The shell of the Chinese mitten crab can reach a width of up to 10 centimeters. (Smithsonian Environmental Research Center)
The Chinese mitten crab is a light brown crustacean with a distinct pair of hairy, white-tipped claws. Native to East Asia, the invasive species has been reported in small numbers in the Chesapeake Bay.
Light brown, square-shaped carapace (shell) can reach width of up to 10 centimeters and features four lateral spines
Hairy, white-tipped claws resemble mittens
Distinctive notch is located between eyes
Legs are twice as long as width of shell
Males have a V-shaped abdomen, while females have a U-shaped abdomen
The catadromous species inhabits brackish and freshwater rivers and estuaries, but migrates into saltwater environments to reproduce
The Chinese mitten crab is the only crab found in the fresh waters of North America
Native to East Asia, where it can be found on coasts from Japan to the mainland of China, the Korean Peninsula and along the Yellow Sea
Also found on the coasts of northern and eastern Europe and the United States, and has been reported in small numbers in the Chesapeake Bay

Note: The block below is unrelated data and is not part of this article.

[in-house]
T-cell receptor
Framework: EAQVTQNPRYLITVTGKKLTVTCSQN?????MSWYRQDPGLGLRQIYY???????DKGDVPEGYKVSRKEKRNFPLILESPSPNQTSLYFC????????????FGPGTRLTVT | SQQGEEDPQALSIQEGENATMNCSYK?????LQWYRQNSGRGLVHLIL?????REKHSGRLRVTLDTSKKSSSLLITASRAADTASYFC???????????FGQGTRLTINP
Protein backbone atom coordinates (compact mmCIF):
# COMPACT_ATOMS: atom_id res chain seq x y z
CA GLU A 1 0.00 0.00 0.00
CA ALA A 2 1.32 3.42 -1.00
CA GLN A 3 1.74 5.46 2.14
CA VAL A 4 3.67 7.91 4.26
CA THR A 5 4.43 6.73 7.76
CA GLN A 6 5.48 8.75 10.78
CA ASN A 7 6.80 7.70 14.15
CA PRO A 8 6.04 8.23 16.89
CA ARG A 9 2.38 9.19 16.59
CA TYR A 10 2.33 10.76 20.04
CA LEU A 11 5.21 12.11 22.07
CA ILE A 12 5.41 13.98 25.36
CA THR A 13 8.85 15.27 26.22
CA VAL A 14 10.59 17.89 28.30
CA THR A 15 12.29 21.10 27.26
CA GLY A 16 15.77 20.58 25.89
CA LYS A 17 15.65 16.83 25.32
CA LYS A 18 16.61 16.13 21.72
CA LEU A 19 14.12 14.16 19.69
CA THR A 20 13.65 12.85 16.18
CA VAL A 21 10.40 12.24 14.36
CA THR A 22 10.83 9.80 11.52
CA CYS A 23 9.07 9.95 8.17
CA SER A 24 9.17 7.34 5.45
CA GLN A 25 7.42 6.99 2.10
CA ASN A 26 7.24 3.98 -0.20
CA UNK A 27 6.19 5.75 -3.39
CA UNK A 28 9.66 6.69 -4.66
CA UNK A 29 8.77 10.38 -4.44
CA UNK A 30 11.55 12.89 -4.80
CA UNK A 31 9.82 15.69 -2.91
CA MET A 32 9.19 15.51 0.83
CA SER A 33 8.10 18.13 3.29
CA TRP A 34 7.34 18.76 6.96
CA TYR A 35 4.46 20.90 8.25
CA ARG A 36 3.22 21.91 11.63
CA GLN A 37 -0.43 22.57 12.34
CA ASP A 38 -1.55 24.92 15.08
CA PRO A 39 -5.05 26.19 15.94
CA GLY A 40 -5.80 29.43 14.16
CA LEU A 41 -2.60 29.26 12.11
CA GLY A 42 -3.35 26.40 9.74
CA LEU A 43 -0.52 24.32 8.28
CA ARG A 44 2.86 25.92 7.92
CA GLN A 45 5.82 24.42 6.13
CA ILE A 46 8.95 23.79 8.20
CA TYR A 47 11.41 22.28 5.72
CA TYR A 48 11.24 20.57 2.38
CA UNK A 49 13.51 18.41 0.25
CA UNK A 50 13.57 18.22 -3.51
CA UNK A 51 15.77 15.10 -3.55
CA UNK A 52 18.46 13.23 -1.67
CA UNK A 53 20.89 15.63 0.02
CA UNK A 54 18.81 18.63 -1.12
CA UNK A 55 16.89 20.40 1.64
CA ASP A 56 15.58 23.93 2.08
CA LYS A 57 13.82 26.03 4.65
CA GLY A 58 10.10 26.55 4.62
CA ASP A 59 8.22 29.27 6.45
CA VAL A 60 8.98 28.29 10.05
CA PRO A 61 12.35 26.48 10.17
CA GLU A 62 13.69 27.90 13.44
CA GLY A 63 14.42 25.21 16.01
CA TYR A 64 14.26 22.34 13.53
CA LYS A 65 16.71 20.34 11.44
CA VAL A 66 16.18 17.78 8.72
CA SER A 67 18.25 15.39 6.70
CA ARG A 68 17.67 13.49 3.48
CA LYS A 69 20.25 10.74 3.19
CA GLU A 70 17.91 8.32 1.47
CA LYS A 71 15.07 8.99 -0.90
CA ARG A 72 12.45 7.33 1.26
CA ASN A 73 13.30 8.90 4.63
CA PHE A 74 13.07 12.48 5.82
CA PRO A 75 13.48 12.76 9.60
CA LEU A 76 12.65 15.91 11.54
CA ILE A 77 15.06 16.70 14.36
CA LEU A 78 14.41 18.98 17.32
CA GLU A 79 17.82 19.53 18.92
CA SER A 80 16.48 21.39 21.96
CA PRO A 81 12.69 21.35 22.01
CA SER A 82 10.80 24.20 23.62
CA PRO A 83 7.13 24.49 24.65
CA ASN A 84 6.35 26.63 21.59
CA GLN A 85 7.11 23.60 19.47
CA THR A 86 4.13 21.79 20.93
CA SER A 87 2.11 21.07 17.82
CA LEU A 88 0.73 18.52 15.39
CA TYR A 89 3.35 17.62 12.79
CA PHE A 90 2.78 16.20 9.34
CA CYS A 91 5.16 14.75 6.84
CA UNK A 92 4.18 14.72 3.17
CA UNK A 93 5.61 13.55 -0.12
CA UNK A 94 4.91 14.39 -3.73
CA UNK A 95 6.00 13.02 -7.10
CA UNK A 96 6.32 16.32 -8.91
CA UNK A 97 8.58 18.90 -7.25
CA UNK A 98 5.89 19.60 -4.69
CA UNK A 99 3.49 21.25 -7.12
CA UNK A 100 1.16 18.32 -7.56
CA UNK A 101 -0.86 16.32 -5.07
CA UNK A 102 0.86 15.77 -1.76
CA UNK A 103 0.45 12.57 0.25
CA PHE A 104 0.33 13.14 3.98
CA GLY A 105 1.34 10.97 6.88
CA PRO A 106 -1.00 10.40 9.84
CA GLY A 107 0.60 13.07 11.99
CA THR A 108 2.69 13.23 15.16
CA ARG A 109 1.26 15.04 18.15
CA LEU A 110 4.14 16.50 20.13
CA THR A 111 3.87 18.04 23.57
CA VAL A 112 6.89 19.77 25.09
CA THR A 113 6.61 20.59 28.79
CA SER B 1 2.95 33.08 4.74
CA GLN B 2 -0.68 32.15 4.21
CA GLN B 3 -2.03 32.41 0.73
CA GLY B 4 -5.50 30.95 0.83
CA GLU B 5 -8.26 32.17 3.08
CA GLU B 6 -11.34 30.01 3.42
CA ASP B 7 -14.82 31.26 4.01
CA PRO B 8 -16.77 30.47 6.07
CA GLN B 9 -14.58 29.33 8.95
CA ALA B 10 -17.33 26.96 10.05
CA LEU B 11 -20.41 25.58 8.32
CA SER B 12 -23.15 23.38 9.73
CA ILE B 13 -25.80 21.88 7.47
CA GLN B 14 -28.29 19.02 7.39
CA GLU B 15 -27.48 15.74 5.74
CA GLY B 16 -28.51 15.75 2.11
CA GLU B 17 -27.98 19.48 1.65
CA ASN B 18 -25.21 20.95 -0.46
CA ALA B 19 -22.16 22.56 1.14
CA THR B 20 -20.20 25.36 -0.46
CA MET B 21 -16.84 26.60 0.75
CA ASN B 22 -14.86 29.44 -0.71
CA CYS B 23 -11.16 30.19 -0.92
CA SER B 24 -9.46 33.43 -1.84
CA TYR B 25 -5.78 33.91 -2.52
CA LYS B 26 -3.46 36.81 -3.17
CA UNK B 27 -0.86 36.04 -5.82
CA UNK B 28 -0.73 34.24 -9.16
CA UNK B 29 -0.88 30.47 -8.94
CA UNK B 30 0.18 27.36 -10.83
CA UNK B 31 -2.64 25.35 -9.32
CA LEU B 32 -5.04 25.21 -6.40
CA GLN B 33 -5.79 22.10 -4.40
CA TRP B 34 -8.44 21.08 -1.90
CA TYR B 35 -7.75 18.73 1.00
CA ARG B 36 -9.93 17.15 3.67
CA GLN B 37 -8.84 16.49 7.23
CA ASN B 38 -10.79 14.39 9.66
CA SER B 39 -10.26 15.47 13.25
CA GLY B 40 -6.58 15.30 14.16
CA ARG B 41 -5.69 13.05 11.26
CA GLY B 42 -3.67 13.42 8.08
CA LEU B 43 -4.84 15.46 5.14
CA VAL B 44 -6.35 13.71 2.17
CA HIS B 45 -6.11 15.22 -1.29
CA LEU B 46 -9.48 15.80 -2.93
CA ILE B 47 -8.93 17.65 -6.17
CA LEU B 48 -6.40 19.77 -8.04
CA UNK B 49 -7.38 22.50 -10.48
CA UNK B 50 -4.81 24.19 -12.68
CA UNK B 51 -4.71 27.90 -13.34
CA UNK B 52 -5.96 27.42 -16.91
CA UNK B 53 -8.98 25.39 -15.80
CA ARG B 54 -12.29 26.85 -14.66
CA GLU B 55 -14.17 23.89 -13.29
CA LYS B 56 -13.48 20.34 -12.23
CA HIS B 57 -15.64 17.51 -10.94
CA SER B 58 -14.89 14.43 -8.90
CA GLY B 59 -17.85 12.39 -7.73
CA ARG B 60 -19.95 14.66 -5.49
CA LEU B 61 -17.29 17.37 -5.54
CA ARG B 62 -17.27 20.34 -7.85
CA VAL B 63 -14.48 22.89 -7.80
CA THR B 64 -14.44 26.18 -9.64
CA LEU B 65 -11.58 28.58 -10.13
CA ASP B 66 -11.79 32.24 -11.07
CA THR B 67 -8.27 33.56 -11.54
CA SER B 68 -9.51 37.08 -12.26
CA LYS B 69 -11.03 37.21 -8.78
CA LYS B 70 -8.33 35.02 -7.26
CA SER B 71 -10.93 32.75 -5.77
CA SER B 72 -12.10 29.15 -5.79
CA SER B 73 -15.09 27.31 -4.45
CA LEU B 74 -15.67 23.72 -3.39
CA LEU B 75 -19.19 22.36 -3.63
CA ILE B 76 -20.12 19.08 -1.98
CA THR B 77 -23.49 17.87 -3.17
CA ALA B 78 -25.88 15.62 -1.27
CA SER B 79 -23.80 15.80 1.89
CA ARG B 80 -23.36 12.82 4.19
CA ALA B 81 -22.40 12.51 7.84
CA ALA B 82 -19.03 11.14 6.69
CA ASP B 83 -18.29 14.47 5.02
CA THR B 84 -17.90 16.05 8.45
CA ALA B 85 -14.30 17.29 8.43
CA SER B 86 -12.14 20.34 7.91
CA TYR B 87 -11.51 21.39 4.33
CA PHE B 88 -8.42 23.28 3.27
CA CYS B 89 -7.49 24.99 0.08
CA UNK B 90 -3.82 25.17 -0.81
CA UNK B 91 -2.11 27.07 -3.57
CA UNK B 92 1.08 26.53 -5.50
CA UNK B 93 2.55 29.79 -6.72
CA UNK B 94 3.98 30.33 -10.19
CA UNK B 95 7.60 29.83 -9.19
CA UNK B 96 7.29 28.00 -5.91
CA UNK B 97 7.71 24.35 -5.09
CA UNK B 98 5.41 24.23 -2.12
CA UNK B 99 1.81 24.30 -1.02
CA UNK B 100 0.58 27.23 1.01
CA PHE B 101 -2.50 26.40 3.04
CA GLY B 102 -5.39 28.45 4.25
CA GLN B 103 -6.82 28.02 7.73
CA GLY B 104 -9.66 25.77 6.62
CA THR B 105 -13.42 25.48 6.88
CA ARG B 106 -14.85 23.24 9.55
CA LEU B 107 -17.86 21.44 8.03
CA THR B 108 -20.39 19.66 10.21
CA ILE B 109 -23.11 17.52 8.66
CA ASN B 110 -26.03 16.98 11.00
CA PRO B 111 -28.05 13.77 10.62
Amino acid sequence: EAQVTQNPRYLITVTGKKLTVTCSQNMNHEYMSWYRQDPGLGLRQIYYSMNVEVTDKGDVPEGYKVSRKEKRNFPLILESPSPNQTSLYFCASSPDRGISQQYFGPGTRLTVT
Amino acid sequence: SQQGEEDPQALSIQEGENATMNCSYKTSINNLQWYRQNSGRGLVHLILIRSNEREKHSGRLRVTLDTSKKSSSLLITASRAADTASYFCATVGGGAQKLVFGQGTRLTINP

Omnivorous, feeding on aquatic plants, algae, detritus, fish eggs and marine invertebrates
Common predators include fish, frogs and birds
Reproduction and Life Cycle:
The catadromous species migrates into saltwater environments in order to reproduce, with males arriving to mating territories first
Females lay between 250,000 and 1 million eggs that adhere to part of her abdomen. Over the winter, females remain under deep water as eggs develop
Once eggs hatch, larvae (called zoea) spend one to two months in brackish water before migrating upstream to develop into adults
The Chinese mitten crab is a traditional food source in China, where it supports a large aquaculture industry.
Chinese mitten crabs can tolerate a wide range of environmental conditions and, when introduced to a new environment, can spread wide and fast. The effects of mitten crabs on the East Coast are not yet known, because their invasion is a recent one. The first confirmed sighting of a mitten crab in the region occurred in 2005, when a specimen was caught by a commercial waterman in the Maryland portion of the Chesapeake Bay.
The Maryland Department of Natural Resources (DNR), the Smithsonian Environmental Research Center (SERC), the U.S. Fish and Wildlife Service (USFWS) and the National Oceanic and Atmospheric Administration (NOAA) have established a Chinese Mitten Crab Watch to investigate the status of this invasive species.